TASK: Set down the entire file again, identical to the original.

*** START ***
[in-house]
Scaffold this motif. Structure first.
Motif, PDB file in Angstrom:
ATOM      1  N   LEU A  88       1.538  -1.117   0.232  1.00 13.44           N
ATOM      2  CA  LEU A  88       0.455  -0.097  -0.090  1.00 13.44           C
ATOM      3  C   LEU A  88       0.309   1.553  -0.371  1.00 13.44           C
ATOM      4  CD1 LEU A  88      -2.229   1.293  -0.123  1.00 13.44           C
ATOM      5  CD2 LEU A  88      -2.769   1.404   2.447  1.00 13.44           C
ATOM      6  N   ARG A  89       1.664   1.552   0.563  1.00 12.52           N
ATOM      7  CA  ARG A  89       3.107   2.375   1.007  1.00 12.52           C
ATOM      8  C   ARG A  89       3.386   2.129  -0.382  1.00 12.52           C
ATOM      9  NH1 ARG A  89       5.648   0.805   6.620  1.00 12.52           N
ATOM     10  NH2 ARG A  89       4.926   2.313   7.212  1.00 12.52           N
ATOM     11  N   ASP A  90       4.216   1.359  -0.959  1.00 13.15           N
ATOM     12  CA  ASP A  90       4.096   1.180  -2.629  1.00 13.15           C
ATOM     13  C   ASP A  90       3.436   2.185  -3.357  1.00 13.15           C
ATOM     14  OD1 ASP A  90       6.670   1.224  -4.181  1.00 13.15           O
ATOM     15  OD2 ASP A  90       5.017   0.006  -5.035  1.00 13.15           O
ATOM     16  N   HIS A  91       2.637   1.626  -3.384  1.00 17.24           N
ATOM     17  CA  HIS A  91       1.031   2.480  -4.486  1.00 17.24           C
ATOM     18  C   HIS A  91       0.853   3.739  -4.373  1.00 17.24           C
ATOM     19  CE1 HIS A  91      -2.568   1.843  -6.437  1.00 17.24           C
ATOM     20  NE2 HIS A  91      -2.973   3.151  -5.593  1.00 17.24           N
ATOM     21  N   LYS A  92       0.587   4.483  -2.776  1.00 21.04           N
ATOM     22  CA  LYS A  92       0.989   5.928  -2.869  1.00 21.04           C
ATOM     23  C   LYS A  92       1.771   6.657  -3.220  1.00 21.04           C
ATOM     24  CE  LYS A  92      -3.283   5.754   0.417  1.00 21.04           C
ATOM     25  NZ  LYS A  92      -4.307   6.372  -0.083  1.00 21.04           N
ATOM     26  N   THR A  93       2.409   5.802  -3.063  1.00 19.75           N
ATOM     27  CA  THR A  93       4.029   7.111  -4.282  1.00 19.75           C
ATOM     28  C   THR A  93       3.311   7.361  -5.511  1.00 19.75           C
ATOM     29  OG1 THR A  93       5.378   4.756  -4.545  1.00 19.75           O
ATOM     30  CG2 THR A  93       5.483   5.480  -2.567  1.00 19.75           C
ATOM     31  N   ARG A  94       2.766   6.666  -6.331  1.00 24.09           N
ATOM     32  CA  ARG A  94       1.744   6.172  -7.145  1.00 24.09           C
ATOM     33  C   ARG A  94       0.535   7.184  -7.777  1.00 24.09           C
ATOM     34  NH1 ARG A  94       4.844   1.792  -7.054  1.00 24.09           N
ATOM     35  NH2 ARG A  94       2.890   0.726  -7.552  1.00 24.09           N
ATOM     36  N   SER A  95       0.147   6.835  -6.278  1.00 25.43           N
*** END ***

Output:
[in-house]
Scaffold this motif. Structure first.
Motif, PDB file in Angstrom:
ATOM      1  N   LEU A  88       1.538  -1.117   0.232  1.00 13.44           N
ATOM      2  CA  LEU A  88       0.455  -0.097  -0.090  1.00 13.44           C
ATOM      3  C   LEU A  88       0.309   1.553  -0.371  1.00 13.44           C
ATOM      4  CD1 LEU A  88      -2.229   1.293  -0.123  1.00 13.44           C
ATOM      5  CD2 LEU A  88      -2.769   1.404   2.447  1.00 13.44           C
ATOM      6  N   ARG A  89       1.664   1.552   0.563  1.00 12.52           N
ATOM      7  CA  ARG A  89       3.107   2.375   1.007  1.00 12.52           C
ATOM      8  C   ARG A  89       3.386   2.129  -0.382  1.00 12.52           C
ATOM      9  NH1 ARG A  89       5.648   0.805   6.620  1.00 12.52           N
ATOM     10  NH2 ARG A  89       4.926   2.313   7.212  1.00 12.52           N
ATOM     11  N   ASP A  90       4.216   1.359  -0.959  1.00 13.15           N
ATOM     12  CA  ASP A  90       4.096   1.180  -2.629  1.00 13.15           C
ATOM     13  C   ASP A  90       3.436   2.185  -3.357  1.00 13.15           C
ATOM     14  OD1 ASP A  90       6.670   1.224  -4.181  1.00 13.15           O
ATOM     15  OD2 ASP A  90       5.017   0.006  -5.035  1.00 13.15           O
ATOM     16  N   HIS A  91       2.637   1.626  -3.384  1.00 17.24           N
ATOM     17  CA  HIS A  91       1.031   2.480  -4.486  1.00 17.24           C
ATOM     18  C   HIS A  91       0.853   3.739  -4.373  1.00 17.24           C
ATOM     19  CE1 HIS A  91      -2.568   1.843  -6.437  1.00 17.24           C
ATOM     20  NE2 HIS A  91      -2.973   3.151  -5.593  1.00 17.24           N
ATOM     21  N   LYS A  92       0.587   4.483  -2.776  1.00 21.04           N
ATOM     22  CA  LYS A  92       0.989   5.928  -2.869  1.00 21.04           C
ATOM     23  C   LYS A  92       1.771   6.657  -3.220  1.00 21.04           C
ATOM     24  CE  LYS A  92      -3.283   5.754   0.417  1.00 21.04           C
ATOM     25  NZ  LYS A  92      -4.307   6.372  -0.083  1.00 21.04           N
ATOM     26  N   THR A  93       2.409   5.802  -3.063  1.00 19.75           N
ATOM     27  CA  THR A  93       4.029   7.111  -4.282  1.00 19.75           C
ATOM     28  C   THR A  93       3.311   7.361  -5.511  1.00 19.75           C
ATOM     29  OG1 THR A  93       5.378   4.756  -4.545  1.00 19.75           O
ATOM     30  CG2 THR A  93       5.483   5.480  -2.567  1.00 19.75           C
ATOM     31  N   ARG A  94       2.766   6.666  -6.331  1.00 24.09           N
ATOM     32  CA  ARG A  94       1.744   6.172  -7.145  1.00 24.09           C
ATOM     33  C   ARG A  94       0.535   7.184  -7.777  1.00 24.09           C
ATOM     34  NH1 ARG A  94       4.844   1.792  -7.054  1.00 24.09           N
ATOM     35  NH2 ARG A  94       2.890   0.726  -7.552  1.00 24.09           N
ATOM     36  N   SER A  95       0.147   6.835  -6.278  1.00 25.43           N